Most scientists can tell you what observations would convince them of God’s existence, but I have never met a religious person who could tell me what would disprove it. And what could possibly convince people to abandon their belief that the deity is, as Giberson asserts, good, loving, and just? If the Holocaust cannot do it, then nothing will.
Little did I know that I was walking in the footsteps of a famous philosophical Popperian! But it seems to me that you needn’t be an Einstein to realize that if you take “the God hypothesis” as an existence claim, then the complete resistance of its supporters to entertaining notions of disproof renders that hypothesis unworthy of consideration.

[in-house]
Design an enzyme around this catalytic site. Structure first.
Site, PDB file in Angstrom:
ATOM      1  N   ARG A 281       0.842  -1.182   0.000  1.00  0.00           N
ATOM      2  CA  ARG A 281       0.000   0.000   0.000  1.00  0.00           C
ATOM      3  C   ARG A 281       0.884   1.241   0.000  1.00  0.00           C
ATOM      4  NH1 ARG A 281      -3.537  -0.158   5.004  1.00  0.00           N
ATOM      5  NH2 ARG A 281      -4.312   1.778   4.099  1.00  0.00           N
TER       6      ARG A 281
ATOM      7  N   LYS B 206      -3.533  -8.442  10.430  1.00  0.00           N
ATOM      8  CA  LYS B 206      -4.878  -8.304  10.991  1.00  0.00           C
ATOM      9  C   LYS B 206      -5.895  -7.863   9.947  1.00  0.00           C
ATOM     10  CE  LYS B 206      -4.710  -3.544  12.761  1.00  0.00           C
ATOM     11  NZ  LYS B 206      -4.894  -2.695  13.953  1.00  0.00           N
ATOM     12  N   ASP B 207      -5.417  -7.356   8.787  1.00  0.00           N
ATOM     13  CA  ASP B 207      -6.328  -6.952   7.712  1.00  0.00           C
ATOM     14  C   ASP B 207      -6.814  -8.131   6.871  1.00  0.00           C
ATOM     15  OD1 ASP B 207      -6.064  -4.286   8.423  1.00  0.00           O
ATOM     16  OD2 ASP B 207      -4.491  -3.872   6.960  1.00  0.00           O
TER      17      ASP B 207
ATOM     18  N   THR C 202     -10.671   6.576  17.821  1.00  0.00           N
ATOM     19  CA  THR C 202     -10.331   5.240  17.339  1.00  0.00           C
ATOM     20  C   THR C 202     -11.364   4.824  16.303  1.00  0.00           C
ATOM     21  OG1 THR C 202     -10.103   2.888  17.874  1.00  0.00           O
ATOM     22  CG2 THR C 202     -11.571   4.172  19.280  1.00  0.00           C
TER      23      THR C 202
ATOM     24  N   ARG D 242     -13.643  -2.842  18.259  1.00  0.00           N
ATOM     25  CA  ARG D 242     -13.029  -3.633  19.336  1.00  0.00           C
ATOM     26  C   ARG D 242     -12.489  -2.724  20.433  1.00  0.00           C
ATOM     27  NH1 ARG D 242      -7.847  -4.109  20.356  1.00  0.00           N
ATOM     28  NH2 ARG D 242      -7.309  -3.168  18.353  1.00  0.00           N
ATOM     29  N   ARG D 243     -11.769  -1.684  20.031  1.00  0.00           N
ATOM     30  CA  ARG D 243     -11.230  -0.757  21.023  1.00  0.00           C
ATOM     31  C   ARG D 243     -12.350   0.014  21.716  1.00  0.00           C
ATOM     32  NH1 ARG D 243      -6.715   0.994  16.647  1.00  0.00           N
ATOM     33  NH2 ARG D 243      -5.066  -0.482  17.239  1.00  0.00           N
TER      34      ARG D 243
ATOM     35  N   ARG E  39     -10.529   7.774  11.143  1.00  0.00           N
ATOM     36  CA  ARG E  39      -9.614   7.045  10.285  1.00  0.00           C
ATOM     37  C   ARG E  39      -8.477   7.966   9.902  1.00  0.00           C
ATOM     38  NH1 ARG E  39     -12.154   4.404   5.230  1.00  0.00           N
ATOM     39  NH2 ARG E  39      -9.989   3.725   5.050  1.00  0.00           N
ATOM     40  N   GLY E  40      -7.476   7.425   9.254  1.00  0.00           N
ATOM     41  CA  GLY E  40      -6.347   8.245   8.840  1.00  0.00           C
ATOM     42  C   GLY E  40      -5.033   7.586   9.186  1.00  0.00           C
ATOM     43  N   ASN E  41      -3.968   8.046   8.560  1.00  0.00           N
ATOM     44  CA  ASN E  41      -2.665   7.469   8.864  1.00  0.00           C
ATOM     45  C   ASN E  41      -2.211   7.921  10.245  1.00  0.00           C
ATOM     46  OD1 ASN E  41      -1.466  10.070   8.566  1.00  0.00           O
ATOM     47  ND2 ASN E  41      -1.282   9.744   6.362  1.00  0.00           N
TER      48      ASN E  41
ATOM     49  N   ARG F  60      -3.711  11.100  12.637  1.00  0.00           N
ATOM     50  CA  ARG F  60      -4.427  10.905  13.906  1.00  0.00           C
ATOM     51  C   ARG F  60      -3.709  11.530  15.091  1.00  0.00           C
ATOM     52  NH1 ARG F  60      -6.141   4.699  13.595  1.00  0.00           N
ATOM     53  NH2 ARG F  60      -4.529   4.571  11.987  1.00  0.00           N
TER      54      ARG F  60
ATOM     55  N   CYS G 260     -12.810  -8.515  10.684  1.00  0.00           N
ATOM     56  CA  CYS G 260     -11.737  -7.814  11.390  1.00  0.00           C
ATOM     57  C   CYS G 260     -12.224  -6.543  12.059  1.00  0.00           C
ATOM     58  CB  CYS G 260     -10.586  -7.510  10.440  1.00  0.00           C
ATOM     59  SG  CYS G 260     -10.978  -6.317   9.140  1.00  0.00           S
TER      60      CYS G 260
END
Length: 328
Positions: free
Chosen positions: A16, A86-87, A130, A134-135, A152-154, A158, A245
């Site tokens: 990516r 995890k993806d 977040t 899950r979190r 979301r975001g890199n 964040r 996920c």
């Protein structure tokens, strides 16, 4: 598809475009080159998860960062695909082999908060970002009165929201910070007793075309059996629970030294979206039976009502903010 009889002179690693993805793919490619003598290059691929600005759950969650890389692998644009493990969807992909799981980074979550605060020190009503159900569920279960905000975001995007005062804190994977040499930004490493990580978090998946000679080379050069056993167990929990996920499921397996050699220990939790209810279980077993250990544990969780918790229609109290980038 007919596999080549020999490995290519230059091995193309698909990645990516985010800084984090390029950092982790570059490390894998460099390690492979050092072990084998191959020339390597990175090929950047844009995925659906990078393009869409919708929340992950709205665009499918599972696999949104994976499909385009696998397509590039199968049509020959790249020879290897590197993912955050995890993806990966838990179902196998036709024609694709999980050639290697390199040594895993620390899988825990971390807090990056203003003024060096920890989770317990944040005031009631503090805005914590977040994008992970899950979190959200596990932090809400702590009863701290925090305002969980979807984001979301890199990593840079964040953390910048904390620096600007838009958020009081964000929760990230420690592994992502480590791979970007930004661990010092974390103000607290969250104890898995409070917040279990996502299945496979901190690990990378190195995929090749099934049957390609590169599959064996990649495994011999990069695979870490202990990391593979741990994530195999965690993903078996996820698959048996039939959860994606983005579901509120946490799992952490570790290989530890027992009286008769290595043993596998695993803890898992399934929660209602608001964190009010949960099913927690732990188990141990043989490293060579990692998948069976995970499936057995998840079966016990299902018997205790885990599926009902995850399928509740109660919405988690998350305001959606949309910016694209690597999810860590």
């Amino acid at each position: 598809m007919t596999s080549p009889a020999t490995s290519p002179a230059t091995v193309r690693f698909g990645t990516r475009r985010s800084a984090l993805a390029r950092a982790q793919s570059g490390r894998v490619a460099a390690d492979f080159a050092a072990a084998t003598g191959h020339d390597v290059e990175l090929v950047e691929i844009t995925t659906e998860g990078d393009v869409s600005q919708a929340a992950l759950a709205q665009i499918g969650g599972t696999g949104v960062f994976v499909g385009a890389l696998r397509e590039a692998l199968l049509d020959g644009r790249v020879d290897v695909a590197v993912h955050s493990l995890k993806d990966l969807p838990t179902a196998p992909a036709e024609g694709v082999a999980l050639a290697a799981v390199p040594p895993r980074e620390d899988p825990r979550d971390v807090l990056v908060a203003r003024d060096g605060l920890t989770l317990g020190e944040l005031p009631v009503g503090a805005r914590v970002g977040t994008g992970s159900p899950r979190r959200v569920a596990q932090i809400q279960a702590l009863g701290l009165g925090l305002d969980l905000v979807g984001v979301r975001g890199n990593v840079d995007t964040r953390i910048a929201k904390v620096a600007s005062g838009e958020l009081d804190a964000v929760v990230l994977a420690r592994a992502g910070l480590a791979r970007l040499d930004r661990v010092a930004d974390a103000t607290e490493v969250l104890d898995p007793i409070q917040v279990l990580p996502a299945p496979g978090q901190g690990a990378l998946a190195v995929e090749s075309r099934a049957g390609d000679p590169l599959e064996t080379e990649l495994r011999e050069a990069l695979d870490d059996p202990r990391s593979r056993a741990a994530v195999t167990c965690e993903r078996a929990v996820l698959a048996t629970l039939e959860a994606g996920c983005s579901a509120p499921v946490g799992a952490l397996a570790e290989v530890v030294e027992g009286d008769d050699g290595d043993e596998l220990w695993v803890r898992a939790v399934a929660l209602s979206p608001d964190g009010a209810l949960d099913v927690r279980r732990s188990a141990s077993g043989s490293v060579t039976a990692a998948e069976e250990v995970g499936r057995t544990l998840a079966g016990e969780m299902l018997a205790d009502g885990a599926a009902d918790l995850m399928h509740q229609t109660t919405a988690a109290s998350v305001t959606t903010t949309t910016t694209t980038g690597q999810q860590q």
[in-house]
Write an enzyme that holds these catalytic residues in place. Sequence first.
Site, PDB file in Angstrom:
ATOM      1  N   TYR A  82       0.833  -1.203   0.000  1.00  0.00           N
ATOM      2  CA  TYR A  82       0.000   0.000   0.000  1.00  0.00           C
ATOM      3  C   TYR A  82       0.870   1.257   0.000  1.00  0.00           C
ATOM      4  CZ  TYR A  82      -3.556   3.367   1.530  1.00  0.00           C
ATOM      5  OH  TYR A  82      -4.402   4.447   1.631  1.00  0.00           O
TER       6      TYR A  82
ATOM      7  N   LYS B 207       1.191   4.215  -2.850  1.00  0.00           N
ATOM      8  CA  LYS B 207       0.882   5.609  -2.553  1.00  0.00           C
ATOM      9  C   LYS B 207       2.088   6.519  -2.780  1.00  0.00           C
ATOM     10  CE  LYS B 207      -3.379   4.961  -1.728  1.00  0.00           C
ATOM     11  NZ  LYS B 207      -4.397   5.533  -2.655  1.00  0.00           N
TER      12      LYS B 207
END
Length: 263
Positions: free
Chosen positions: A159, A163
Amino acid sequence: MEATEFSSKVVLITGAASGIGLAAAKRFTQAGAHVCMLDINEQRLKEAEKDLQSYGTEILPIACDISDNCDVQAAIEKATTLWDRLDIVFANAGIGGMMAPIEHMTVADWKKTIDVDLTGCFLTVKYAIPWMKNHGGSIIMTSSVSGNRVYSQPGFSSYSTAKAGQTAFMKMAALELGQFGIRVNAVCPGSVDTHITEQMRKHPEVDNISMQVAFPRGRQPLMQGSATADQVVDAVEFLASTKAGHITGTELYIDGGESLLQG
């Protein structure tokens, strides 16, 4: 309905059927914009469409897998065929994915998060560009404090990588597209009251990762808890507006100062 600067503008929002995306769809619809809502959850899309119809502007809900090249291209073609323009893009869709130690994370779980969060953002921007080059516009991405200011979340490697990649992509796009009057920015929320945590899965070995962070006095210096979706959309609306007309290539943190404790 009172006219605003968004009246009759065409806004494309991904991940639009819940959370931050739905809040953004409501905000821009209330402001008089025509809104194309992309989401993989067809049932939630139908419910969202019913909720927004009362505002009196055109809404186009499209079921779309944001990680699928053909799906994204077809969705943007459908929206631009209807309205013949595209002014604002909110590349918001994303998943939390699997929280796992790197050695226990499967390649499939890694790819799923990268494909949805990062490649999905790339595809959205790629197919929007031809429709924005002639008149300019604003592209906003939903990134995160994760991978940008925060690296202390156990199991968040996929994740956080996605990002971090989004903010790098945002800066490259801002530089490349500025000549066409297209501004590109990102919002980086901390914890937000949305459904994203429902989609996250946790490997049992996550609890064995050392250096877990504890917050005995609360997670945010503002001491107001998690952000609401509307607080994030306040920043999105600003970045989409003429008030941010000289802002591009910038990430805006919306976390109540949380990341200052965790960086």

Perhaps some readers can explain to me why the piece was so famous and influential. Flew gives his take in the preface:
At the time when the paper from which ‘Theology and Falsification’ was distilled was presented to the Socratic Club its discussions about God were tending to become sterile confrontations between Logical Positivists, claiming that what pretend to be assertions about God are in truth utterances, without literal significance, and the various opponents of Logical Positivists, who found that conclusion unconscionable. I wanted to set these discussions off onto new and hopefully more fruitful lines.
Perhaps, but were philosophers so blinkered at that time by their adherence to logical positivism or its negation that they didn’t realize the simple fact that existence claims require evidence? Or, as Hitchens says, “What can be asserted without evidence can be dismissed without evidence.”
Theology and Falsification